January turned out to be a pretty big month for consumer tech in 2007. The media was buzzing about last week's 10th anniversary of Apple's (NASDAQ:AAPL) Steve Jobs taking the stage to peel back the curtain on the iPhone. Yesterday was the seemingly less buzzworthy 10th anniversary of Netflix (NASDAQ:NFLX) announcing that its DVD-by-mail renters would soon be able to stream video content.
The announcements were just eight days apart, but they would go on to change the world. The smartphone has arguably become the most important consumer tech innovation ever. Apple may not have been the creator of the smartphone, but the iPhone made it aspirational to the masses. Netflix wasn't the first upstart to serve up video streams, but the built-in base of millions of couch potatoes and its aggressive pricing made it the niche's undisputed early leader.
Two pretty big ideas
The iPhone and Netflix streaming announcements had a couple of things in common. They were made in January, but both pointed to products that would be available in June. The iPhone hit the market in late June. Netflix would begin rolling out streaming in beta in the weeks following the original announcement, but it had also pointed to June for nationwide availability.
Another thing that the iPhone and Netflix streaming have in common is that they weren't hits out of the gate. The original iPhone was so expensive that Apple had to institute a $200 price cut less than three months into retail availability. There was no App Store, and the camera only took photos. It was only available through a single wireless carrier. Netflix streaming was initially limited to just 1,000 films and TV shows, and it could only be viewed on Windows-based PCs.
Things would go on to change quickly for both offerings. The App Store launched a year later, boosting the iPhone's functionality the way that iTunes fortified the iPod. Netflix became available through internet-tethered Xbox game systems and Blu-ray players, making it more seamless for subscribers to stream content through their home theaters.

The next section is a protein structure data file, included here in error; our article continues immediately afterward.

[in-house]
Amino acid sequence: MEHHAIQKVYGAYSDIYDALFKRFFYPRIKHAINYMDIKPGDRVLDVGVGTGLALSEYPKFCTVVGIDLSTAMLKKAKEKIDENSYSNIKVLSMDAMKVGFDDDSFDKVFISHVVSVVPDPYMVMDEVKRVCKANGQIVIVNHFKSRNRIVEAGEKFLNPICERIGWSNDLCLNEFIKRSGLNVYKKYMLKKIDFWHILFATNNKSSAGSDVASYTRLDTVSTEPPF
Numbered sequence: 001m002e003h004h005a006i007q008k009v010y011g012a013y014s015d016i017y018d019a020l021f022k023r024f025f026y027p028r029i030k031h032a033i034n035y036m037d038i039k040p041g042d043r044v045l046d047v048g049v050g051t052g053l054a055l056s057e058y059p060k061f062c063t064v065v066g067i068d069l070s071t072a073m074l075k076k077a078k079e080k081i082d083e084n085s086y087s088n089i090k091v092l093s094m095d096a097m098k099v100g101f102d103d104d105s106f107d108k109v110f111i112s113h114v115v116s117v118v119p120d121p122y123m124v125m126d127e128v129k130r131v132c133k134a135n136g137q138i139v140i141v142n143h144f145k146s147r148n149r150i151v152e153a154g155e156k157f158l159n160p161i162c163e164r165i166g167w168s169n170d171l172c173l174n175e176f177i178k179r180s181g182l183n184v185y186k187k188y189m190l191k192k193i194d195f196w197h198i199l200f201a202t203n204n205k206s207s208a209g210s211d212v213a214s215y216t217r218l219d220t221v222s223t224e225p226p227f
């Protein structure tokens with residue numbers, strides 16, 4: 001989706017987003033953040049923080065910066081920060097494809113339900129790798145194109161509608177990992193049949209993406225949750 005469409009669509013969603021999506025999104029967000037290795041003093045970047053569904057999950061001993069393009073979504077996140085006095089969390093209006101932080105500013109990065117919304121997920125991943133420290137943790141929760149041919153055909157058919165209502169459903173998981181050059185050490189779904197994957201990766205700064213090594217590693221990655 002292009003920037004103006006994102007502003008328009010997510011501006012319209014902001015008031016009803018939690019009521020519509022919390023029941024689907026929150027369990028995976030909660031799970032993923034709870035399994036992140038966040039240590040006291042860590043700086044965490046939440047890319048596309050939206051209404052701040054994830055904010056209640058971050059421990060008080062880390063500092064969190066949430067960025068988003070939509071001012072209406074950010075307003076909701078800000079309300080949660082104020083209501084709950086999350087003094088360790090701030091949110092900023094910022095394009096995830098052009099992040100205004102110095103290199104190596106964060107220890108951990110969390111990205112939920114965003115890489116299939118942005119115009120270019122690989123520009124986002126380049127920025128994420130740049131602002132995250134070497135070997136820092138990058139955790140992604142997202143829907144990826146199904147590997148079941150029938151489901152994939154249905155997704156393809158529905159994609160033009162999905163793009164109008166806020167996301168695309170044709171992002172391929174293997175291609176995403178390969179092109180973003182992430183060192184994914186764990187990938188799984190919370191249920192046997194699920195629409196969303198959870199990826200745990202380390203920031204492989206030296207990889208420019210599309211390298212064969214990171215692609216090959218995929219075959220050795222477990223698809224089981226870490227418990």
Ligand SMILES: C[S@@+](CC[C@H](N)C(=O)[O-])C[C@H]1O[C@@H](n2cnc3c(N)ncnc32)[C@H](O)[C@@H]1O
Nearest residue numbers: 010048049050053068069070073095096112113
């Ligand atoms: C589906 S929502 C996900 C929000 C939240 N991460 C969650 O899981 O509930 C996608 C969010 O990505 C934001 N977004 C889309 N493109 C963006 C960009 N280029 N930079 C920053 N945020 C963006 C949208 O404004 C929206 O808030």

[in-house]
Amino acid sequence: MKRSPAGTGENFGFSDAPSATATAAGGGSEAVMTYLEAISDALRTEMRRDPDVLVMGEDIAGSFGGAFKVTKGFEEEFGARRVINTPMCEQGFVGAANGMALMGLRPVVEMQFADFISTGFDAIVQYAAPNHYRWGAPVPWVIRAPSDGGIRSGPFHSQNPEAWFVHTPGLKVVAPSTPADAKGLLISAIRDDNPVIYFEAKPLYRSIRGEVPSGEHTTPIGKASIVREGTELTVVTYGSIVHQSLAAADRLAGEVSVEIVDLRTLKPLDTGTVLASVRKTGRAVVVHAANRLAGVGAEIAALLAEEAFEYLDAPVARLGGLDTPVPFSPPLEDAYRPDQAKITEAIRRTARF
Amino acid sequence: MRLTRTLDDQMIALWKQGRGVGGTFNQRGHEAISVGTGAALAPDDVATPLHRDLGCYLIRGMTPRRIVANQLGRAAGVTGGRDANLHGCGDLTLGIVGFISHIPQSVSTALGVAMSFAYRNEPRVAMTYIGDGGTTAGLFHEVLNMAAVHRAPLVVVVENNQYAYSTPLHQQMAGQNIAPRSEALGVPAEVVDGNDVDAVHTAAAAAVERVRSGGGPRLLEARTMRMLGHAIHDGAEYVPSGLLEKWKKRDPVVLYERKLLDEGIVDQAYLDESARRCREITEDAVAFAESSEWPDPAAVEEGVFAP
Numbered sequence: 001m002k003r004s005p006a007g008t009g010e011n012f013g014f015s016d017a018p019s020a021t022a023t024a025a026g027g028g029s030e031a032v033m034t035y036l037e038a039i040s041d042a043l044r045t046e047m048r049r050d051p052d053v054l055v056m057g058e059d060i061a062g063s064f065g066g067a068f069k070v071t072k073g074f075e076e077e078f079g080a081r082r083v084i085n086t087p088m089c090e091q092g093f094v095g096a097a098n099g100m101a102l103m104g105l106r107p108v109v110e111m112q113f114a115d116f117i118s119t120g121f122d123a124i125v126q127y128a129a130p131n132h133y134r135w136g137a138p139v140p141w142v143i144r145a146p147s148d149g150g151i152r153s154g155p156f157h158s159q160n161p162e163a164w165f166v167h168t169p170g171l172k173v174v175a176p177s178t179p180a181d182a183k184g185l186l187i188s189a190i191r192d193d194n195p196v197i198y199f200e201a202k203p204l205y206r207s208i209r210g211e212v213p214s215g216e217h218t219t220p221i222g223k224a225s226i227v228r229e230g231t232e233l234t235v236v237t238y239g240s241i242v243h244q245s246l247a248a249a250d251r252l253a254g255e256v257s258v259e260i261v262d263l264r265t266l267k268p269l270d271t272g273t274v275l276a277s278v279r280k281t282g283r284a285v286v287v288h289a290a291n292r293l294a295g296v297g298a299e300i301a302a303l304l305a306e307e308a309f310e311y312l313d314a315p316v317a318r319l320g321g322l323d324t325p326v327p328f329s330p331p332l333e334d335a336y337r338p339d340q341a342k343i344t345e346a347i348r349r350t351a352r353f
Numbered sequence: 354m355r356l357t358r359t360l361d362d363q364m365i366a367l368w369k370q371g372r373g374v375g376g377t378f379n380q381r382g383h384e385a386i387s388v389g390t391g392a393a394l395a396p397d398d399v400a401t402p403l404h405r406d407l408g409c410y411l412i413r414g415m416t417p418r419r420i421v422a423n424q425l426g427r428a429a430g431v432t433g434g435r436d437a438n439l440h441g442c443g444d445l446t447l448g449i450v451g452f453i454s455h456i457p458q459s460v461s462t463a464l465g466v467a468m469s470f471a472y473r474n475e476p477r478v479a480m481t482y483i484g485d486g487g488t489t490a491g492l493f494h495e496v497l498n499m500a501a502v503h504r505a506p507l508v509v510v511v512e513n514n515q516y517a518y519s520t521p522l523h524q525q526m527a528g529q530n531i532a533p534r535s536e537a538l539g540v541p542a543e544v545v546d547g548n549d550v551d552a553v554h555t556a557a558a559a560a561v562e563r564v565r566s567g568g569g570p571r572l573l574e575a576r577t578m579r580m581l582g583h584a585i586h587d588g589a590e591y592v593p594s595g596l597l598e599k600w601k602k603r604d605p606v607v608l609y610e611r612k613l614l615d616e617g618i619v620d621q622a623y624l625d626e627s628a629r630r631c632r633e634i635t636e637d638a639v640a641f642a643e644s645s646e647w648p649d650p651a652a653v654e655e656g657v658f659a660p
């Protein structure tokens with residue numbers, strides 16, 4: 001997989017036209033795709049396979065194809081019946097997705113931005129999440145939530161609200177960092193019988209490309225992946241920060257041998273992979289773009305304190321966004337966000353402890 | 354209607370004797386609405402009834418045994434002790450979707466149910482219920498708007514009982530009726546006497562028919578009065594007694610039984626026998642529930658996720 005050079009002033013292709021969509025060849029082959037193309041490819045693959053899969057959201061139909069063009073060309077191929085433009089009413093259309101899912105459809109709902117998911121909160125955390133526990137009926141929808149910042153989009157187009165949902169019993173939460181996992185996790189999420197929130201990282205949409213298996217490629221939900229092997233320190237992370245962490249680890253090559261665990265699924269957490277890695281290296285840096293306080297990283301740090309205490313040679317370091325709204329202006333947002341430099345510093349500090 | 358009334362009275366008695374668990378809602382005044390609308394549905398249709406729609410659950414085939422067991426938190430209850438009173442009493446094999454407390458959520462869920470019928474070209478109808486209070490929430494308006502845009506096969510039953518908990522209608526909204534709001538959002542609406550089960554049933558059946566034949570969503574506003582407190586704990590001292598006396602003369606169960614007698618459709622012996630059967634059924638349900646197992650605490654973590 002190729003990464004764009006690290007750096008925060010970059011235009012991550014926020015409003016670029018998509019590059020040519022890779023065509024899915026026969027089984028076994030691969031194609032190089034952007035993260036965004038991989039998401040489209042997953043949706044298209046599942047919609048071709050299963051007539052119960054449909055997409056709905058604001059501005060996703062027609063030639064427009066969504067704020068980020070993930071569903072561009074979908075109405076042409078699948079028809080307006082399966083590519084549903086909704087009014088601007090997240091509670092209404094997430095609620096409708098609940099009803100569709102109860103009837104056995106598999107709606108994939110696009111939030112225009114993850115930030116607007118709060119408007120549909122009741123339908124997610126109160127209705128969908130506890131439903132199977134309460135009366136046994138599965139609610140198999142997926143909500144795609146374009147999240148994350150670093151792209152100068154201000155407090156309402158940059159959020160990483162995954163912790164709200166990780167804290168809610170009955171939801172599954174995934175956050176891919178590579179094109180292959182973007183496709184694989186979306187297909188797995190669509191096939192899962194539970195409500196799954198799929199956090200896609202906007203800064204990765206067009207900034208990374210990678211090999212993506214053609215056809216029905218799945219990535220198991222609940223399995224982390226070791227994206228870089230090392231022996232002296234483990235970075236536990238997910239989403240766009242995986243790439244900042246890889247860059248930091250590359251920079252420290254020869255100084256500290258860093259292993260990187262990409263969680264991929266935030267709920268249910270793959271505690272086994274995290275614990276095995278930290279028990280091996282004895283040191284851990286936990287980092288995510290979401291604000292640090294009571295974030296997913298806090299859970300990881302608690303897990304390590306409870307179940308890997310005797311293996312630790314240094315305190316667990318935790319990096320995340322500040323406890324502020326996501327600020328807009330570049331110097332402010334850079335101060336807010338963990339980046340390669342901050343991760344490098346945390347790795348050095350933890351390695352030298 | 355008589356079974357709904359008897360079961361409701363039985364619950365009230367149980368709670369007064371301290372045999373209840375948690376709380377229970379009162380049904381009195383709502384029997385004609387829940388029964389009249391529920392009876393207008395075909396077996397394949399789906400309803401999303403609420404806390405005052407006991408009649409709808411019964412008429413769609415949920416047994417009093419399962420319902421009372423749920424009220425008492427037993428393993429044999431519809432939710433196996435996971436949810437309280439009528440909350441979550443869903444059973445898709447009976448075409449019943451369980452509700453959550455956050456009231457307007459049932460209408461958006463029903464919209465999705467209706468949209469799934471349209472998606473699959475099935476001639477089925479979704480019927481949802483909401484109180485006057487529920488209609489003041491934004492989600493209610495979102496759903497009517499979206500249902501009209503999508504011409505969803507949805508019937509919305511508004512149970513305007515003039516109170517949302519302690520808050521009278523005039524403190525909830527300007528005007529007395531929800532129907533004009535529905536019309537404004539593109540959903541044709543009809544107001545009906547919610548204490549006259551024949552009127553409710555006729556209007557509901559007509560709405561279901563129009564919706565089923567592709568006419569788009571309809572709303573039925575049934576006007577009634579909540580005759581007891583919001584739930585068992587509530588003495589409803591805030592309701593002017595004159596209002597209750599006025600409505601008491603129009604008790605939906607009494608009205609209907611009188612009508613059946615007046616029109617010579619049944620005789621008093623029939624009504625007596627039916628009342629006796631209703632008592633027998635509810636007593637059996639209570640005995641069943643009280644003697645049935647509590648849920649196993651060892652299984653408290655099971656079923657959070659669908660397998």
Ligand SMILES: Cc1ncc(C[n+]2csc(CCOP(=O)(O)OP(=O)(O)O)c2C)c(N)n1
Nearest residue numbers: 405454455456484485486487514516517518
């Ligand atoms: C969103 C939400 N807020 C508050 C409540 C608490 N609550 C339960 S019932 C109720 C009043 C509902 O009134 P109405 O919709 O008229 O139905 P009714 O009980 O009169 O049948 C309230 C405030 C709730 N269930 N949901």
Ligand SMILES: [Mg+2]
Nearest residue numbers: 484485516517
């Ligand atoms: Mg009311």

Toasting the next decade
The iPhone and Netflix streaming are still going strong. The former may be going through a slump in sales growth, but it continues to be the driving earnings force for the world's most valuable consumer tech company. The latter went from offering streaming a decade ago to its 5.7 million DVD-based subscribers at no additional cost to an audience of 86.7 million accounts that are willing to pay for the streaming platform on its own.
Apple and Netflix have been just as game-changing for its investors. Apple stock has soared 800% since its iPhone announcement. Netflix stock has soared 4,014% since its niche-defining news. The next 10 years are unlikely to be as financially rewarding for investors, but even in a competitive field, the brand and momentum advantages of Apple and Netflix should continue to serve shareholders well.
Rick Munarriz owns shares of Apple and Netflix. The Motley Fool owns shares of and recommends Apple and Netflix. The Motley Fool has the following options: long January 2018 $90 calls on Apple and short January 2018 $95 calls on Apple. The Motley Fool has a disclosure policy.